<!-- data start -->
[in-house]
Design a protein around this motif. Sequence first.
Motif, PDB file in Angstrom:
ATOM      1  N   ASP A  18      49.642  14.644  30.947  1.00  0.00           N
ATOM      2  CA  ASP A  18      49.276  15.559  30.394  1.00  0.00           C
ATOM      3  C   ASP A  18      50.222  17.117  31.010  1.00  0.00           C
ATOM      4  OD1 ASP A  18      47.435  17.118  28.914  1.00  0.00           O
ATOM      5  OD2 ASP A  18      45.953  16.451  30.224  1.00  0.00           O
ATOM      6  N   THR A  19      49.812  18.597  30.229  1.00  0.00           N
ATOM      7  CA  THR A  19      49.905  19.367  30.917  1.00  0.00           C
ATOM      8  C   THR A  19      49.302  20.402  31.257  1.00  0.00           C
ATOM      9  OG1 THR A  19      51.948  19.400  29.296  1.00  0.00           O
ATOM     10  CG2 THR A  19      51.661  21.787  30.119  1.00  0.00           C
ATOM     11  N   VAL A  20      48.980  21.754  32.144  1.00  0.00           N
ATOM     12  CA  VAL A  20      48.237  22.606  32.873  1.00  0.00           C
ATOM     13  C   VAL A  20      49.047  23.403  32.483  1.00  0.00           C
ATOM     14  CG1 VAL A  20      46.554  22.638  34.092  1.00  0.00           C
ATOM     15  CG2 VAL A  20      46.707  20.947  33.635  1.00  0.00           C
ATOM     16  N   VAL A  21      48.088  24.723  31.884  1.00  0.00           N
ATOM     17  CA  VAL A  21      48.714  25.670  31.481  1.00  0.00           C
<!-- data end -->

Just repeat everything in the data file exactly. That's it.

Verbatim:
[in-house]
Design a protein around this motif. Sequence first.
Motif, PDB file in Angstrom:
ATOM      1  N   ASP A  18      49.642  14.644  30.947  1.00  0.00           N
ATOM      2  CA  ASP A  18      49.276  15.559  30.394  1.00  0.00           C
ATOM      3  C   ASP A  18      50.222  17.117  31.010  1.00  0.00           C
ATOM      4  OD1 ASP A  18      47.435  17.118  28.914  1.00  0.00           O
ATOM      5  OD2 ASP A  18      45.953  16.451  30.224  1.00  0.00           O
ATOM      6  N   THR A  19      49.812  18.597  30.229  1.00  0.00           N
ATOM      7  CA  THR A  19      49.905  19.367  30.917  1.00  0.00           C
ATOM      8  C   THR A  19      49.302  20.402  31.257  1.00  0.00           C
ATOM      9  OG1 THR A  19      51.948  19.400  29.296  1.00  0.00           O
ATOM     10  CG2 THR A  19      51.661  21.787  30.119  1.00  0.00           C
ATOM     11  N   VAL A  20      48.980  21.754  32.144  1.00  0.00           N
ATOM     12  CA  VAL A  20      48.237  22.606  32.873  1.00  0.00           C
ATOM     13  C   VAL A  20      49.047  23.403  32.483  1.00  0.00           C
ATOM     14  CG1 VAL A  20      46.554  22.638  34.092  1.00  0.00           C
ATOM     15  CG2 VAL A  20      46.707  20.947  33.635  1.00  0.00           C
ATOM     16  N   VAL A  21      48.088  24.723  31.884  1.00  0.00           N
ATOM     17  CA  VAL A  21      48.714  25.670  31.481  1.00  0.00           C